Figtrees Organic Farms
‘Wilton Park’ – Grafton
Wilton Park is a magnificent property located on the banks of the Clarence River in northern NSW. It is a 400ha farm with alluvial loams and yellow podzolic clay soils and annual rainfall of over 1000mm. It has been proudly owned by the Clinton Family for over 40 years.
Wilton Park was previously a high quality dairy farm, where the cows produced such a rich quality of milk that the farm was fined by the milk company for having excessive cream in the milk! Cows producing an excess of cream is an attribute that we can now turn to great advantage in producing exceptional quality calves to grow out and fatten at Billabong.
A primary goal at Wilton Park is to restore the natural ecosystem processes of the area. The restoration of Wilton Park includes the rehabilitation of the soil and several wetlands. The wetlands and healthy soils act as reservoirs to capture and re-charge the rainfall from frequent Northern Rivers thunderstorms.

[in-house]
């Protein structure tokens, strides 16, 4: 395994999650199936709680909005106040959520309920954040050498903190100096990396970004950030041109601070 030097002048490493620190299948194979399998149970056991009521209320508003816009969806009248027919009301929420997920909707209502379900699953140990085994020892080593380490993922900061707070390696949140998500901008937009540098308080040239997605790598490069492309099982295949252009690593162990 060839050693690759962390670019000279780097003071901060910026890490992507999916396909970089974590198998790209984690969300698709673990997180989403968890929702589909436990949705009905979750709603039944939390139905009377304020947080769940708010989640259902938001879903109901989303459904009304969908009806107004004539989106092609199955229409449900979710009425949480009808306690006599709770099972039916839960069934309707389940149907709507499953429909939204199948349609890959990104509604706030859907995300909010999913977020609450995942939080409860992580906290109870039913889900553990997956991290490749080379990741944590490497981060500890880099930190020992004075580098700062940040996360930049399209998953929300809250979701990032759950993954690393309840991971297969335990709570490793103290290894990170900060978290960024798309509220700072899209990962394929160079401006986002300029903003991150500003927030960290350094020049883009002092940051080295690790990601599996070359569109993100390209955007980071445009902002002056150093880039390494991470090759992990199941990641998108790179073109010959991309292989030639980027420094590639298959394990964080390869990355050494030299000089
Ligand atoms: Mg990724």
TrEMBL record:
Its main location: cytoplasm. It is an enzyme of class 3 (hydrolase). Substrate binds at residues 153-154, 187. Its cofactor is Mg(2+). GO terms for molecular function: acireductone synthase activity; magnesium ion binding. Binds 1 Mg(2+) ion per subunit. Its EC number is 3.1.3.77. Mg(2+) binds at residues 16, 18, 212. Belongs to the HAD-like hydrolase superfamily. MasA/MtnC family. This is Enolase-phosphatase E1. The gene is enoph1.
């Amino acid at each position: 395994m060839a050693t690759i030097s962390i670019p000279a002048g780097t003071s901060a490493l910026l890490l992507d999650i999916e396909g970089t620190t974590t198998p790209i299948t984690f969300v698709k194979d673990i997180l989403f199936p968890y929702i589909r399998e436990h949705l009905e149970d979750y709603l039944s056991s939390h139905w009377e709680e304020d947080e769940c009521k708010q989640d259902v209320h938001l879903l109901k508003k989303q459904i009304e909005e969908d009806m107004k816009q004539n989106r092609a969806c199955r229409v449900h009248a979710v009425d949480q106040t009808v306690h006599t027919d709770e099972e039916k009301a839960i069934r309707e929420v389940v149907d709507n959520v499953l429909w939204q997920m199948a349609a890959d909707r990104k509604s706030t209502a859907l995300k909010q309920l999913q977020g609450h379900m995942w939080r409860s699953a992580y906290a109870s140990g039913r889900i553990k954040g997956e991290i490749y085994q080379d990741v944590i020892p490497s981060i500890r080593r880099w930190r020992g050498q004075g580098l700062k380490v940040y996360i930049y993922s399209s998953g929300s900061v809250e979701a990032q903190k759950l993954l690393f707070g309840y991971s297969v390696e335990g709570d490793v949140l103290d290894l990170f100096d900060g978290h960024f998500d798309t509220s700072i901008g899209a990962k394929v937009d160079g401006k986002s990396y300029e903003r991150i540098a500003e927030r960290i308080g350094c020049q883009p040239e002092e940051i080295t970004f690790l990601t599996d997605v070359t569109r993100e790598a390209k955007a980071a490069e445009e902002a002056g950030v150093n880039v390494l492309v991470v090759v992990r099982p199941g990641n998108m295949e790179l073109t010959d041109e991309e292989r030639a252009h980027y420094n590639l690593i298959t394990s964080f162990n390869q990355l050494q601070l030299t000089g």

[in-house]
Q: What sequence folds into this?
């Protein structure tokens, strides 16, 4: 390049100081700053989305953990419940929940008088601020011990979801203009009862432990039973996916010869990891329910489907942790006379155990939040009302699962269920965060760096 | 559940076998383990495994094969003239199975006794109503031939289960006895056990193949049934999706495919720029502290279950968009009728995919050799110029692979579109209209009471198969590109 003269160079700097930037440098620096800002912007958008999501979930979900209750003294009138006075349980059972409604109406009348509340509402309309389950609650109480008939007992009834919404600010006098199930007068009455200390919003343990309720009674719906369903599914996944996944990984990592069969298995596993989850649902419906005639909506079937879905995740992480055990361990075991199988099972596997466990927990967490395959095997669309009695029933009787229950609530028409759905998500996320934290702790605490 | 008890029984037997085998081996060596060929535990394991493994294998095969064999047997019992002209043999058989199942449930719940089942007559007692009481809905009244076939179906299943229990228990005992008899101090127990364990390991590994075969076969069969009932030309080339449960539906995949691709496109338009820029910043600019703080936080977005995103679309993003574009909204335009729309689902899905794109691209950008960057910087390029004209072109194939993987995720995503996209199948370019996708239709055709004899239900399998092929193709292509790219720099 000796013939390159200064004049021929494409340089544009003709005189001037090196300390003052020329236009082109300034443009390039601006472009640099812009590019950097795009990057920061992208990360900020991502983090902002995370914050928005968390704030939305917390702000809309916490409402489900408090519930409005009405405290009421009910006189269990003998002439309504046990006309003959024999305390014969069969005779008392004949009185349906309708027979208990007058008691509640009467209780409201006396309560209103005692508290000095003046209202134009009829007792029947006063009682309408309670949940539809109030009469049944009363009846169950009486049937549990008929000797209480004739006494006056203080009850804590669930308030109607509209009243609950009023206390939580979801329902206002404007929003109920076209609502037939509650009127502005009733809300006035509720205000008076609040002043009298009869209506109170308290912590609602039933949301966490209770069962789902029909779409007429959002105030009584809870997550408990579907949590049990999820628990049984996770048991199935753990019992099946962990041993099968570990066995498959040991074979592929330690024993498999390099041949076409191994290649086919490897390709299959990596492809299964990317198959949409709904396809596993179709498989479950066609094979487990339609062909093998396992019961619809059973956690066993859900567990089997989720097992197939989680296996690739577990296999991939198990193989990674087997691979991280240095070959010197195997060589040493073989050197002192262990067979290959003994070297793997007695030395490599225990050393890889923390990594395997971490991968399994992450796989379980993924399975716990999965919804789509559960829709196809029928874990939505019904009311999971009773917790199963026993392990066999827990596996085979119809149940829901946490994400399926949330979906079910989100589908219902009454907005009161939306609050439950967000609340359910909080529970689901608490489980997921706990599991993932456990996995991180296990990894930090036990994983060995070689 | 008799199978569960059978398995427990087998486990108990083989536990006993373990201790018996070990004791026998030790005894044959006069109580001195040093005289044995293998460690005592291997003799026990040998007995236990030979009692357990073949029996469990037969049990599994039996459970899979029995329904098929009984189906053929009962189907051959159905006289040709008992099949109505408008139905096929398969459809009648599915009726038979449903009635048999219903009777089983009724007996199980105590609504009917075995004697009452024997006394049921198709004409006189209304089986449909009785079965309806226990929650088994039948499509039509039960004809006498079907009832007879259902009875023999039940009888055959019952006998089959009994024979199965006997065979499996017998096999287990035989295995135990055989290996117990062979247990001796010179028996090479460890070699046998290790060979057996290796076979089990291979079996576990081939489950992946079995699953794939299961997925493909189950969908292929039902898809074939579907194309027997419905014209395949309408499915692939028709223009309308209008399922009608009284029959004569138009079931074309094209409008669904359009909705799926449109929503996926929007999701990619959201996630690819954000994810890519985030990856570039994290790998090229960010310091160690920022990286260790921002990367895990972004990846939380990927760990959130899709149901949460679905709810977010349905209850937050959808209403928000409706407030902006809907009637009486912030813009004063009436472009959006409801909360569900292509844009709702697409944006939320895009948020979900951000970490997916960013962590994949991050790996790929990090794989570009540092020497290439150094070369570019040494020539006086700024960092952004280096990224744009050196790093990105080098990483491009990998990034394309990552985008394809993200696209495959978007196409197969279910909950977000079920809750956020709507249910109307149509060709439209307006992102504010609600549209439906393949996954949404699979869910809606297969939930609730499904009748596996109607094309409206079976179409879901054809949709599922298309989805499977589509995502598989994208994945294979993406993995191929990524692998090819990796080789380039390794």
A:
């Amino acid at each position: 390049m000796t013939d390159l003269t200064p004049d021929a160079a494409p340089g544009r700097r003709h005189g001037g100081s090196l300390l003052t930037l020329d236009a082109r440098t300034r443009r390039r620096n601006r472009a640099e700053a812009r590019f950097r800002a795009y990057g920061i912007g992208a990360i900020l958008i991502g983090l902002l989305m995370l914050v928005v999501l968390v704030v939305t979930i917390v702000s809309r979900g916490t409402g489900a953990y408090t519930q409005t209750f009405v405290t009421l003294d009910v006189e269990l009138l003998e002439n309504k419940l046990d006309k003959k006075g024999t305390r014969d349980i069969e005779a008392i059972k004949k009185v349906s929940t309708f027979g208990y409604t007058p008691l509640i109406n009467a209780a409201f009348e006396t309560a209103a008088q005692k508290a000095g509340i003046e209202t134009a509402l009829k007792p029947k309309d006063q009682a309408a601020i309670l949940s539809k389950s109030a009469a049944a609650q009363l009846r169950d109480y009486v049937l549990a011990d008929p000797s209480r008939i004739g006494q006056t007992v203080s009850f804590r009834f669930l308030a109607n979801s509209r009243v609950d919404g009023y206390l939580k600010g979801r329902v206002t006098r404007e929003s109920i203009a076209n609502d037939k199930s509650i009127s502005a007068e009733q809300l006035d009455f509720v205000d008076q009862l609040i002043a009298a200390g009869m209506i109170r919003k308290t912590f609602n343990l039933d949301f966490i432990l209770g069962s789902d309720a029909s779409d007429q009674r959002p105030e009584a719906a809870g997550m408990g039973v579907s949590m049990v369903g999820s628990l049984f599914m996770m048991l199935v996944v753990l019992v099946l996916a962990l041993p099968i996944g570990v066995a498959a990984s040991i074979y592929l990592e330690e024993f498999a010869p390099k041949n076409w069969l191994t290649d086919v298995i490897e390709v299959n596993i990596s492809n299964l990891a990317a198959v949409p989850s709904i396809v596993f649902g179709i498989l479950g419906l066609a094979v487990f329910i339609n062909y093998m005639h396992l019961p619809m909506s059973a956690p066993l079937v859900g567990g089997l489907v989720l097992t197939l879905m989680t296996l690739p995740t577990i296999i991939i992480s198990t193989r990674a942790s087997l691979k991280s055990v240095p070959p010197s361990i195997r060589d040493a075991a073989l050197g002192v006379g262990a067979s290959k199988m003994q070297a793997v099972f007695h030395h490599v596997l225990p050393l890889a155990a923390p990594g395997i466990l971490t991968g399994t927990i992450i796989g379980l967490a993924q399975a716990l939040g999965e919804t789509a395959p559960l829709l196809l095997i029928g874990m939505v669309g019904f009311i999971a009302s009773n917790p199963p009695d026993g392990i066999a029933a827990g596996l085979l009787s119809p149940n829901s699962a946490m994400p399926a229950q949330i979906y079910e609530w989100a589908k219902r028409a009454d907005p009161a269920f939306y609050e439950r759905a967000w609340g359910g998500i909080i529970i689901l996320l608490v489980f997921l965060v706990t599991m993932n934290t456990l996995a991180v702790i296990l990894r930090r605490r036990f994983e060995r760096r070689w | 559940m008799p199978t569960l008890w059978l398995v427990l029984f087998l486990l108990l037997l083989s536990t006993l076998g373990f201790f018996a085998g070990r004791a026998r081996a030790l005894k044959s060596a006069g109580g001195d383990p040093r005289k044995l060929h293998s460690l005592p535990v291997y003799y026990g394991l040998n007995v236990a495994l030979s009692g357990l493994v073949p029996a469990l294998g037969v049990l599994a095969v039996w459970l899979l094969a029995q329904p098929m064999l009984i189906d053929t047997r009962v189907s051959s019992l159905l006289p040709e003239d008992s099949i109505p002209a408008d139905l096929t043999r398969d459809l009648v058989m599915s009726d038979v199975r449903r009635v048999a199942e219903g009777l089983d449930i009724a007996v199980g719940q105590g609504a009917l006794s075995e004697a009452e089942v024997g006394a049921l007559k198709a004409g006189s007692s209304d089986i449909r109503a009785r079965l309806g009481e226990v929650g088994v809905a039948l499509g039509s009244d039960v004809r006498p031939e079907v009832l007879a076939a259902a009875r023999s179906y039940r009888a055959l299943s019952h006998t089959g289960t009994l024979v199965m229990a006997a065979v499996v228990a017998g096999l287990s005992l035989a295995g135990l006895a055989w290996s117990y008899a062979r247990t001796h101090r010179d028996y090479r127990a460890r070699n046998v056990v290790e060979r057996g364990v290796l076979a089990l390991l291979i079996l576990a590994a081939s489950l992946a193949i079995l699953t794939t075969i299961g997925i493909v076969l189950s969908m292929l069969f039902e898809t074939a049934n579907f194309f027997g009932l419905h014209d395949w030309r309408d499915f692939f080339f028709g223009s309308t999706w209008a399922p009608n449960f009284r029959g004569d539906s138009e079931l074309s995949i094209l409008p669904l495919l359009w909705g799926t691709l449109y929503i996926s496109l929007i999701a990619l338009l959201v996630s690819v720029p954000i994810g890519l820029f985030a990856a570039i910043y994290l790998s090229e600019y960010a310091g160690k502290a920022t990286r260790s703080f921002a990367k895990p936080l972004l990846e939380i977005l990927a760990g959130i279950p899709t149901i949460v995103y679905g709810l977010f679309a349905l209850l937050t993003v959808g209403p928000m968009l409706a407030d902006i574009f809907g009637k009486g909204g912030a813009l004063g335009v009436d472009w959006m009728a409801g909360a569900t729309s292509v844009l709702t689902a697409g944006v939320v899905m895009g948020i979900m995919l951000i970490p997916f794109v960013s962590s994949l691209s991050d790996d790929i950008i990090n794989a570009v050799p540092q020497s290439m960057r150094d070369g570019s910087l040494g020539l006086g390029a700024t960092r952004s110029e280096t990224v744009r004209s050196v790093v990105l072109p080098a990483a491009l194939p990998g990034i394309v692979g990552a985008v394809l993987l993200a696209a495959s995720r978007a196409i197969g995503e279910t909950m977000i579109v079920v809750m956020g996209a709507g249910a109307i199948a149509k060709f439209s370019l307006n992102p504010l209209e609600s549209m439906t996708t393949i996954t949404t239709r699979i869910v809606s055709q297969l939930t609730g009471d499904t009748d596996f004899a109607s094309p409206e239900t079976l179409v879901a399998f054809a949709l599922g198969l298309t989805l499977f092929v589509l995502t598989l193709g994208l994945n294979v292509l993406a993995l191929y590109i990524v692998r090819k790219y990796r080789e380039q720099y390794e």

When one tugs at a single thing in nature, he finds it attached to the rest of the world.
‘Billabong’ – Inverell
Billabong is located on the boundary of the beautiful North West Slopes and Plains, and the Northern Tablelands, approximately 15 kilometres east of Inverell. It is a 1000ha property getting 780mm annual rainfall.
The rich basalt soils of Billabong are high in carbon, calcium and phosphorous. These soils provide the ideal foundation for growing out excellent highly nutritious grass-fed yearlings.
One of the features of Billabong is a beautiful flowing stream called the ‘Swan Brook’.
Through careful planning of the grazing management and enhancement of the soils FigTrees Organic Farms have been able to restore a perennial flow of water out of the landscape into the Swan Brook. This restoration of perennial stream flows is only one example of the environmental restoration which you are responsible for when you purchase beef from FigTrees Organic Farms.
Another feature at Billabong is 5 kilometres of permaculture swales which have been installed to pacify the erosive forces of storm run-off and help build soil fertility. They also act as wildlife corridors for two areas of endangered box gum grassy woodland regarded as an iconic feature of eastern Australian landscape.
The real voyage of discovery lies not in seeking new lands but in seeing with new eyes.
Marcel Proust cited in Suzuki 2010